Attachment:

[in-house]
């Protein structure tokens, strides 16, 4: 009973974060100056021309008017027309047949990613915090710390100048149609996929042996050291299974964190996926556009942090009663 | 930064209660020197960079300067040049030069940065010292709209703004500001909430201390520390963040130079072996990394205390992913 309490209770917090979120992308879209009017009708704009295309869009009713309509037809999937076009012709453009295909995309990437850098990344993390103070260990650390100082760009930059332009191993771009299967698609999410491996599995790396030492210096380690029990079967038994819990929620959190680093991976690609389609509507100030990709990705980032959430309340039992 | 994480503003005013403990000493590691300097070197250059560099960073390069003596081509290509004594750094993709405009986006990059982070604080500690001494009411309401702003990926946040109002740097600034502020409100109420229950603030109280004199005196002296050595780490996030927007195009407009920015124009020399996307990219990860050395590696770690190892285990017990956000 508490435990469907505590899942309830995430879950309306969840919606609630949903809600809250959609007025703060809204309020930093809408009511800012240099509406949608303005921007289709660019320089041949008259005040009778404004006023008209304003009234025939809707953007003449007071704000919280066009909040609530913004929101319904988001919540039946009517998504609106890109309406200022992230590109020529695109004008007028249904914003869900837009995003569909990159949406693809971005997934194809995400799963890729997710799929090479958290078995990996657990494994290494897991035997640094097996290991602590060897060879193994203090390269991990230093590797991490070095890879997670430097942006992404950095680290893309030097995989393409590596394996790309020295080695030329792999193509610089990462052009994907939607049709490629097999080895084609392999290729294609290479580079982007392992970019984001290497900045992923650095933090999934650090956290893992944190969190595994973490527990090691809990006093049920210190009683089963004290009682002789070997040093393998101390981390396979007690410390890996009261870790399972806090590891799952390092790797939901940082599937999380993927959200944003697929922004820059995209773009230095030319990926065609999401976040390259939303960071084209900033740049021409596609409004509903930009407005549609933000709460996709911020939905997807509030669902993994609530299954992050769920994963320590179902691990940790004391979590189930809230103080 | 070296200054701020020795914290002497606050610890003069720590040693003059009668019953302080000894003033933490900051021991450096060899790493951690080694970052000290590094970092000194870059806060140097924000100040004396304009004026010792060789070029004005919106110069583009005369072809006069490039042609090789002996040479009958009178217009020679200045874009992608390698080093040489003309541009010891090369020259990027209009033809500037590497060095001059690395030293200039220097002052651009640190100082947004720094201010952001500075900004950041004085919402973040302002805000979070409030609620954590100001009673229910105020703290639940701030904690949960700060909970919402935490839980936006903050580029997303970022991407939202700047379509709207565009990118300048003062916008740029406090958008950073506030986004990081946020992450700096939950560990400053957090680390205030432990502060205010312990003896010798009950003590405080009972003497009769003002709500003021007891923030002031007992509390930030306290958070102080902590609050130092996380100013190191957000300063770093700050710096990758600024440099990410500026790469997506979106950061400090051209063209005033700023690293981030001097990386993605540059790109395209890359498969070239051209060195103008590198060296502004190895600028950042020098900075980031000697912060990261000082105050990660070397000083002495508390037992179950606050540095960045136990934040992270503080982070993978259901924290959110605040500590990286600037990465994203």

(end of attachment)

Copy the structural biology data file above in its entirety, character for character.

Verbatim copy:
[in-house]
């Protein structure tokens, strides 16, 4: 009973974060100056021309008017027309047949990613915090710390100048149609996929042996050291299974964190996926556009942090009663 | 930064209660020197960079300067040049030069940065010292709209703004500001909430201390520390963040130079072996990394205390992913 309490209770917090979120992308879209009017009708704009295309869009009713309509037809999937076009012709453009295909995309990437850098990344993390103070260990650390100082760009930059332009191993771009299967698609999410491996599995790396030492210096380690029990079967038994819990929620959190680093991976690609389609509507100030990709990705980032959430309340039992 | 994480503003005013403990000493590691300097070197250059560099960073390069003596081509290509004594750094993709405009986006990059982070604080500690001494009411309401702003990926946040109002740097600034502020409100109420229950603030109280004199005196002296050595780490996030927007195009407009920015124009020399996307990219990860050395590696770690190892285990017990956000 508490435990469907505590899942309830995430879950309306969840919606609630949903809600809250959609007025703060809204309020930093809408009511800012240099509406949608303005921007289709660019320089041949008259005040009778404004006023008209304003009234025939809707953007003449007071704000919280066009909040609530913004929101319904988001919540039946009517998504609106890109309406200022992230590109020529695109004008007028249904914003869900837009995003569909990159949406693809971005997934194809995400799963890729997710799929090479958290078995990996657990494994290494897991035997640094097996290991602590060897060879193994203090390269991990230093590797991490070095890879997670430097942006992404950095680290893309030097995989393409590596394996790309020295080695030329792999193509610089990462052009994907939607049709490629097999080895084609392999290729294609290479580079982007392992970019984001290497900045992923650095933090999934650090956290893992944190969190595994973490527990090691809990006093049920210190009683089963004290009682002789070997040093393998101390981390396979007690410390890996009261870790399972806090590891799952390092790797939901940082599937999380993927959200944003697929922004820059995209773009230095030319990926065609999401976040390259939303960071084209900033740049021409596609409004509903930009407005549609933000709460996709911020939905997807509030669902993994609530299954992050769920994963320590179902691990940790004391979590189930809230103080 | 070296200054701020020795914290002497606050610890003069720590040693003059009668019953302080000894003033933490900051021991450096060899790493951690080694970052000290590094970092000194870059806060140097924000100040004396304009004026010792060789070029004005919106110069583009005369072809006069490039042609090789002996040479009958009178217009020679200045874009992608390698080093040489003309541009010891090369020259990027209009033809500037590497060095001059690395030293200039220097002052651009640190100082947004720094201010952001500075900004950041004085919402973040302002805000979070409030609620954590100001009673229910105020703290639940701030904690949960700060909970919402935490839980936006903050580029997303970022991407939202700047379509709207565009990118300048003062916008740029406090958008950073506030986004990081946020992450700096939950560990400053957090680390205030432990502060205010312990003896010798009950003590405080009972003497009769003002709500003021007891923030002031007992509390930030306290958070102080902590609050130092996380100013190191957000300063770093700050710096990758600024440099990410500026790469997506979106950061400090051209063209005033700023690293981030001097990386993605540059790109395209890359498969070239051209060195103008590198060296502004190895600028950042020098900075980031000697912060990261000082105050990660070397000083002495508390037992179950606050540095960045136990934040992270503080982070993978259901924290959110605040500590990286600037990465994203």